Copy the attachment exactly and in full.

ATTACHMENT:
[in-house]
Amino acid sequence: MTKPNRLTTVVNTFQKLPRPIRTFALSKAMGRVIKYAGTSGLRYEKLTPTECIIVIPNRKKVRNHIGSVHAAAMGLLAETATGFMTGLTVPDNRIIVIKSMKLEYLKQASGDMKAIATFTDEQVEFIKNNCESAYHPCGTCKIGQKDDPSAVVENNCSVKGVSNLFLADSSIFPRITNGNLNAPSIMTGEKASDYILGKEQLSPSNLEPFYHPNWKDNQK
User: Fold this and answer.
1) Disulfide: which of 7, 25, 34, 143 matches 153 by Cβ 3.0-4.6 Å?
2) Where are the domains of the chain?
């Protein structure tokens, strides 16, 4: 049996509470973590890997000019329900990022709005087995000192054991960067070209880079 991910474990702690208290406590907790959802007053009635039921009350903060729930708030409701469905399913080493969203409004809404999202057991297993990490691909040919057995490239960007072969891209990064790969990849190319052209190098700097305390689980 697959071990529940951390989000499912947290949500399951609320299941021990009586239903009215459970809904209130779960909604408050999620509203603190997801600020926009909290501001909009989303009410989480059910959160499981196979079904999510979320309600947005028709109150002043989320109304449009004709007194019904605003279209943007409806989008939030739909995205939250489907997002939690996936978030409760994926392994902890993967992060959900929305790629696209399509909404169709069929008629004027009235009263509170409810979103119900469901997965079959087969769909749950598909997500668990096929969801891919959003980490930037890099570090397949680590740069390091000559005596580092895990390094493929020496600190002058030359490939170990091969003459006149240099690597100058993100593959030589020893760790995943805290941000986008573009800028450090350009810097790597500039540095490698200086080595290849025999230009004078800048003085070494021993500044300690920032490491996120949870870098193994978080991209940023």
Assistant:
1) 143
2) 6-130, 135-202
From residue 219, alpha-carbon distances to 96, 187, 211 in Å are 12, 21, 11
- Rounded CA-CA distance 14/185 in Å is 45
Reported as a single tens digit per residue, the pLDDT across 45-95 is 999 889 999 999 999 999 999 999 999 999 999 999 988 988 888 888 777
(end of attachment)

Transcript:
[in-house]
Amino acid sequence: MTKPNRLTTVVNTFQKLPRPIRTFALSKAMGRVIKYAGTSGLRYEKLTPTECIIVIPNRKKVRNHIGSVHAAAMGLLAETATGFMTGLTVPDNRIIVIKSMKLEYLKQASGDMKAIATFTDEQVEFIKNNCESAYHPCGTCKIGQKDDPSAVVENNCSVKGVSNLFLADSSIFPRITNGNLNAPSIMTGEKASDYILGKEQLSPSNLEPFYHPNWKDNQK
User: Fold this and answer.
1) Disulfide: which of 7, 25, 34, 143 matches 153 by Cβ 3.0-4.6 Å?
2) Where are the domains of the chain?
């Protein structure tokens, strides 16, 4: 049996509470973590890997000019329900990022709005087995000192054991960067070209880079 991910474990702690208290406590907790959802007053009635039921009350903060729930708030409701469905399913080493969203409004809404999202057991297993990490691909040919057995490239960007072969891209990064790969990849190319052209190098700097305390689980 697959071990529940951390989000499912947290949500399951609320299941021990009586239903009215459970809904209130779960909604408050999620509203603190997801600020926009909290501001909009989303009410989480059910959160499981196979079904999510979320309600947005028709109150002043989320109304449009004709007194019904605003279209943007409806989008939030739909995205939250489907997002939690996936978030409760994926392994902890993967992060959900929305790629696209399509909404169709069929008629004027009235009263509170409810979103119900469901997965079959087969769909749950598909997500668990096929969801891919959003980490930037890099570090397949680590740069390091000559005596580092895990390094493929020496600190002058030359490939170990091969003459006149240099690597100058993100593959030589020893760790995943805290941000986008573009800028450090350009810097790597500039540095490698200086080595290849025999230009004078800048003085070494021993500044300690920032490491996120949870870098193994978080991209940023």
Assistant:
1) 143
2) 6-130, 135-202
From residue 219, alpha-carbon distances to 96, 187, 211 in Å are 12, 21, 11
- Rounded CA-CA distance 14/185 in Å is 45
Reported as a single tens digit per residue, the pLDDT across 45-95 is 999 889 999 999 999 999 999 999 999 999 999 999 988 988 888 888 777